When you’re reading a book like Daisy May Cooper’s Don’t Laugh, It’ll Only Encourage Her, which is full of fun writing that makes your milk squirt out your nose, the tone and jokes frequently feel as natural and effortless as laughter. You could think that producing hilarious material is simple after questioning why the book didn’t come with a warning sign against drinking milk while reading. Great writing humorous fiction is difficult, but it’s a skill that you can hone if you’re ready to put in the same kind of effort as writing great serious fiction. Books are fun to create, so here are seven serious writing tips to write a fun book.
Good Habits Should be Developed
Most newbies will have to juggle their writing with other obligations. It’s crucial to set out consistent blocks of time for writing. It doesn’t matter if you write first thing in the morning, the last thing at night, or during your lunch break. The important thing is that you stick to it and make it a priority.
You might also try having an isolated workplace where you work exclusively. This can be a dining room table or a home office, provided you have the space. The truth is that a great narrative idea is useless if you don’t take the time to work on it, therefore carve out some time and space in your schedule to work on it.
Come Up With a Hilarious Tale Concept
To write a hilarious book, you’ll need a tale idea that your readers will find amusing. You might come up with a tale concept that is so ludicrous that it is hilarious. You might also put your characters in a funny predicament. Making up a humorous narrative idea should be a fun, foolish exercise in which you think about what makes you laugh and try to include these characteristics into your book.
For example, you could compose a humorous story based on your amusing experiences. Perhaps you had a comedic start to life, with premature birth in the back of a moving bus and a mother who couldn’t think of a name for you, so you were known as “Busboy” for the first weeks. Make an original humorous book by drawing inspiration from amusing incidents in your life.
You can also force your characters to face a hilarious precedent in your book by creating a so incredible situation that is funny. Perhaps your work is set in a bleak future where people cannot lie. This circumstance may appear silly to your reader, but it will compel your characters to deal with the constant need to be truthful.
Make Use of Conflict
Build your major character around exaggerated, ludicrous, or obtuse challenges since conflict is the motor that drives every story, even the amusing ones. After chasing your characters up a tree, you can maybe…light it on fire. Use the three major sources of tension for comedy:
- Character vs. Character
- Environment vs. Character
- Itself vs. Character
Remember that the character vs. himself is the most emotionally compelling of the three. When audiences witness a character being tugged in opposite directions by pressures everyone encounters, they relate. We can all relate to the internal conflict between safety and freedom since we all want to feel safe while simultaneously wanting to feel free.
Make Use of Witty Phrases
You can add personality to your work by employing humorous terminology. Enhance a story such that it is amusing and outrageous on the page. Use language that surprises your reader so that they are always on the edge of their seats, waiting for the next laugh. Don’t be scared to make a big joke in your work because it can get a lot of chuckles. By including hilarious terms in your writing, you can use language to make your reader chuckle. Many individuals find terms with a k sound, such as Cadillac and quintuplet, and those with a strong g sound, guacamole, and great, amusing.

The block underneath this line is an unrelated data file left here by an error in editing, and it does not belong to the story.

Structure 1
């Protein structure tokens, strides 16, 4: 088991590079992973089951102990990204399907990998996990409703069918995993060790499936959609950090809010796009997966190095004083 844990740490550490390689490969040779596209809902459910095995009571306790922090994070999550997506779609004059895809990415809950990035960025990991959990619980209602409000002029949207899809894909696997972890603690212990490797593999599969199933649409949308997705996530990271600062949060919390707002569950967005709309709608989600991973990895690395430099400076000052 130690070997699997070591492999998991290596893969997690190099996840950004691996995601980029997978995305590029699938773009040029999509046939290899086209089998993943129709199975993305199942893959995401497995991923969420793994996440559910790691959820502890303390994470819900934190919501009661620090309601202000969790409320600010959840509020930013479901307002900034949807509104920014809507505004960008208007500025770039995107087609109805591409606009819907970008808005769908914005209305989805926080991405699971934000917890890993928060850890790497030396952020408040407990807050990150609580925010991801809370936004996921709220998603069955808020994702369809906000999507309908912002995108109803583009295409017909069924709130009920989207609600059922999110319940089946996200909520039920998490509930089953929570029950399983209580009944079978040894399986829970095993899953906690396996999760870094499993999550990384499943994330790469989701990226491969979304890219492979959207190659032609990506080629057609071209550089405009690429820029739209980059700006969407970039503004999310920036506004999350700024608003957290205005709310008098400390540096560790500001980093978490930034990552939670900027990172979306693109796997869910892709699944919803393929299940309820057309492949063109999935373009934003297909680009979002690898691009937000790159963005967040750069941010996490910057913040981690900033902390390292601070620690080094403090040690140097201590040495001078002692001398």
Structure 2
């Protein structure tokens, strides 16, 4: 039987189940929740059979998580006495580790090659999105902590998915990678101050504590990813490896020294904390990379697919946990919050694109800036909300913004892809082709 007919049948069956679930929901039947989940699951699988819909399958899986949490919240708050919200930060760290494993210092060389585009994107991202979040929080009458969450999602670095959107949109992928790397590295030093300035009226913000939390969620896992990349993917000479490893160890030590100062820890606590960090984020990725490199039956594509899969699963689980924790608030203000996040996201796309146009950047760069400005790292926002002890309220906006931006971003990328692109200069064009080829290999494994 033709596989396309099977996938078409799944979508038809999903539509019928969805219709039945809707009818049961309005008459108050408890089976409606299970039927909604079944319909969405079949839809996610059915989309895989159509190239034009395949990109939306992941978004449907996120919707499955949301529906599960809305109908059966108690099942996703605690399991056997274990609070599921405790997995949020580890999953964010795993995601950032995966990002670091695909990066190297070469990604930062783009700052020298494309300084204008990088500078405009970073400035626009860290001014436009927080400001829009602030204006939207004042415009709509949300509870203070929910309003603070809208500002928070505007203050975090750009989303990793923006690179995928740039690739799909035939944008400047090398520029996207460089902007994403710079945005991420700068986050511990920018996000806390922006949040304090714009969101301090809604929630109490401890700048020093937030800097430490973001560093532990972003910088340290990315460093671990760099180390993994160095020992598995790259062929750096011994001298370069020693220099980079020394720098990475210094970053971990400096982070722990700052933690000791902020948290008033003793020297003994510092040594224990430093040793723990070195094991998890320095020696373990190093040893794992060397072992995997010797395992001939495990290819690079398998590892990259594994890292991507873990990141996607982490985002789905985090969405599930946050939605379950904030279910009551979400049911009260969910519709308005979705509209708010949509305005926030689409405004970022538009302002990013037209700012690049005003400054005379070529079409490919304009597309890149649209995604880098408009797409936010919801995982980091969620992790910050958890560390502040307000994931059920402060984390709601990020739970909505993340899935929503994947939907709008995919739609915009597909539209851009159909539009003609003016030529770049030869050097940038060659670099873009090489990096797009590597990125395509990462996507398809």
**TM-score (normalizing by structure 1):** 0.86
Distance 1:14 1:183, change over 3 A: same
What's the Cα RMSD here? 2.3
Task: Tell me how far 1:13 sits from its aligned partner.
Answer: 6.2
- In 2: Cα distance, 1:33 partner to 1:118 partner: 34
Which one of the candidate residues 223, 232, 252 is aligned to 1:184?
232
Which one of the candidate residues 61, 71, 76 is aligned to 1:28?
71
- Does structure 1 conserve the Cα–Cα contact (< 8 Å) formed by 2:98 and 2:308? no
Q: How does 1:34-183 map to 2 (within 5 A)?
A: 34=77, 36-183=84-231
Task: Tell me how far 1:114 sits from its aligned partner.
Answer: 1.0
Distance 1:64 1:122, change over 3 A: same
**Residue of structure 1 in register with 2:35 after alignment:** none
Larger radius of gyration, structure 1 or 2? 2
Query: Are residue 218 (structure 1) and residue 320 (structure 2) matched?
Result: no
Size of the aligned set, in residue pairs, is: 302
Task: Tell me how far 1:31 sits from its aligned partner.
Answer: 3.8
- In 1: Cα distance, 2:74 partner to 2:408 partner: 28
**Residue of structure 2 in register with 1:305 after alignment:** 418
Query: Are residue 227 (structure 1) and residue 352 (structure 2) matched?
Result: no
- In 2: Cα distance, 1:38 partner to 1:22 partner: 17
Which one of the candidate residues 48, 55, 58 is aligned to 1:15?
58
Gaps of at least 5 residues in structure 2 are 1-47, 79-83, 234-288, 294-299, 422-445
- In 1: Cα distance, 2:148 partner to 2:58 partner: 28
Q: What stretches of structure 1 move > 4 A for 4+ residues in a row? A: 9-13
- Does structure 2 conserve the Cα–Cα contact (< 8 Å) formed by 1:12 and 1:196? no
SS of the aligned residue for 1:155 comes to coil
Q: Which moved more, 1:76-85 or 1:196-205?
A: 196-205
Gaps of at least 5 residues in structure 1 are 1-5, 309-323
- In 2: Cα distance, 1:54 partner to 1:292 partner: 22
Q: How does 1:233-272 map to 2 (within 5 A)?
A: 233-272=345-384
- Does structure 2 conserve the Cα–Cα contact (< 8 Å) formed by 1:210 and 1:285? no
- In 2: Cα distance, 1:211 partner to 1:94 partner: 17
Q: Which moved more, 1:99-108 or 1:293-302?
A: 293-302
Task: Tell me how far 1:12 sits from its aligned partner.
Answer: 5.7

You can also use exaggerated and elaborated language to make your reader grasp the ridiculousness of a situation. For example, if you’re relating a story about nearly colliding with your parents’ house, you could say, “I flew through the busy streets of New York City with the speed of “The Flash” needing a toilet.” I was past my curfew and so concerned about my mother’s enraged expression when I raced through the front door that I didn’t know I had already arrived at my parents’ house. “Into the rose garden headlights first.”
Make Some Amusing Dialogue for your Characters
You can also make a funny book by providing your characters with funny and snappy conversations. You can accomplish this by using comparative jokes in your dialogue, especially in the dialogue of your major character or characters. Having your characters exchange jokes can result in amusing passages for your reader. You could, for example, choose the funniest metaphors you can think of.
You may try to connect a mood or a scenario to the most ludicrous image and then use it in the conversation of your character. “I’d rather jump on the crater of a volcano than go out with you,” your character might say. And you might get a response like, “Wow!” from another character. Make sure you get some samples after going to the crater.
Note that you can also apply these book writing guidelines to other types of genres, such as short stories or screenplays. They aren’t even limited to humorous books: many of the same elements may be applied to fiction and nonfiction books. If you keep these suggestions in mind before you start writing, you’ll maintain your style and point of view while also exercising the discipline required by every writer to finish a fun book because books are fun.
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